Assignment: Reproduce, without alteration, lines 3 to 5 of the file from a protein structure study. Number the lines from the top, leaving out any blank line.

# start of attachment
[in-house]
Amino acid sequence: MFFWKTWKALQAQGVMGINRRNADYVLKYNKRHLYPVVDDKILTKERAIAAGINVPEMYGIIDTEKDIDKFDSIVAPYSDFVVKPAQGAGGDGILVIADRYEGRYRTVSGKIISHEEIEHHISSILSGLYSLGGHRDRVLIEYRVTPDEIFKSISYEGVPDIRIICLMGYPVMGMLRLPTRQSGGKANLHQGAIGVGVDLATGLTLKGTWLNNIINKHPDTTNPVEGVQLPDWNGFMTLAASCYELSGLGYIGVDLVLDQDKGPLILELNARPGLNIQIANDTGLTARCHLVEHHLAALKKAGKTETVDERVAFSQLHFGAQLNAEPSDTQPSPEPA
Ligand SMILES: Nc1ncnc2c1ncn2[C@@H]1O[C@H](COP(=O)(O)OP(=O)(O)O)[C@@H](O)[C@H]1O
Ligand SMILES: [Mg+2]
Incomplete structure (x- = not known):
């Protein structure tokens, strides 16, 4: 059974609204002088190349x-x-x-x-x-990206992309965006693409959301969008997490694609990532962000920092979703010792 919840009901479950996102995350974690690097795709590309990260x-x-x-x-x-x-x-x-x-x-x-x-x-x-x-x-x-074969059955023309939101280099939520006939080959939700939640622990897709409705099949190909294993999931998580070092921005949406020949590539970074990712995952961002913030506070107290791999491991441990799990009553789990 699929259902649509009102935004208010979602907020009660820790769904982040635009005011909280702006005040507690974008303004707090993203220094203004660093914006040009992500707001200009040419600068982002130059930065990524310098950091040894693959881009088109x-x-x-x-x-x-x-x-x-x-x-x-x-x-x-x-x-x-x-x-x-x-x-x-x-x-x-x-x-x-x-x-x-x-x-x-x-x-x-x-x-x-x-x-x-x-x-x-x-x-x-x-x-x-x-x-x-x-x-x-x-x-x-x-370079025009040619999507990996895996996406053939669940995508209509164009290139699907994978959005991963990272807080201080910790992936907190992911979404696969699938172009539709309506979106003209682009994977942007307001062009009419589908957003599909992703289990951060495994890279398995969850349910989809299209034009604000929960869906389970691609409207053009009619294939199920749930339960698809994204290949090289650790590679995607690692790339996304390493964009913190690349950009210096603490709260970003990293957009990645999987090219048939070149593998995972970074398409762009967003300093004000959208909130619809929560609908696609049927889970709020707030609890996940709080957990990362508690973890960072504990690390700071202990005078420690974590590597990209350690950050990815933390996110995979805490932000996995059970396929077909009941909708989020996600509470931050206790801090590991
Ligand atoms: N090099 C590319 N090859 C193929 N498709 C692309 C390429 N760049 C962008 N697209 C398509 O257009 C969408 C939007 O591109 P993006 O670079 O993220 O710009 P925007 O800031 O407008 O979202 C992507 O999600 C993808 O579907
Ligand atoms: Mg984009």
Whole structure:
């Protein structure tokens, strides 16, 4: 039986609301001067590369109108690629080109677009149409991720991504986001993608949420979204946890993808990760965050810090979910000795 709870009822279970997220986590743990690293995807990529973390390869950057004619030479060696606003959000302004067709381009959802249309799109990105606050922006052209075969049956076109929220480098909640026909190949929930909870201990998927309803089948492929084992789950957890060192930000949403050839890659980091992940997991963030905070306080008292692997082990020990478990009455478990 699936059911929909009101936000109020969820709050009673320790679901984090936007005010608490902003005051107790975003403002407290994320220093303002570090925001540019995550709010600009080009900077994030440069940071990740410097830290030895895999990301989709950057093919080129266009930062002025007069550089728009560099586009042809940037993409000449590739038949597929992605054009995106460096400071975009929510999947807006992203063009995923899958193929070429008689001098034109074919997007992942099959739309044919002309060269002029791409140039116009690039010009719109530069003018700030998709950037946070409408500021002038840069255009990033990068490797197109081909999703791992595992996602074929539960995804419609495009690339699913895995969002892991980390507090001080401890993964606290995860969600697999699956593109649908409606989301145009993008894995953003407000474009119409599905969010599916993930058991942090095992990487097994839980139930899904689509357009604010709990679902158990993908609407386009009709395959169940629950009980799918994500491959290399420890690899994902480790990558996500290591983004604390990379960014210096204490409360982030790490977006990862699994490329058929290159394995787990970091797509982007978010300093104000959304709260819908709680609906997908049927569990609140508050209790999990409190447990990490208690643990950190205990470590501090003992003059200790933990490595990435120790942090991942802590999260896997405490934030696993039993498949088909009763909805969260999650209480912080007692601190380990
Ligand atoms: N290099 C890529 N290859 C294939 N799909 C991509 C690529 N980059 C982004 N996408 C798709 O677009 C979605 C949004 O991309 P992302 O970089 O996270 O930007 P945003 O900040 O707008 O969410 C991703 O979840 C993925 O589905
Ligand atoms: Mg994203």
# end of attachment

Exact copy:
Ligand SMILES: Nc1ncnc2c1ncn2[C@@H]1O[C@H](COP(=O)(O)OP(=O)(O)O)[C@@H](O)[C@H]1O
Ligand SMILES: [Mg+2]
Incomplete structure (x- = not known):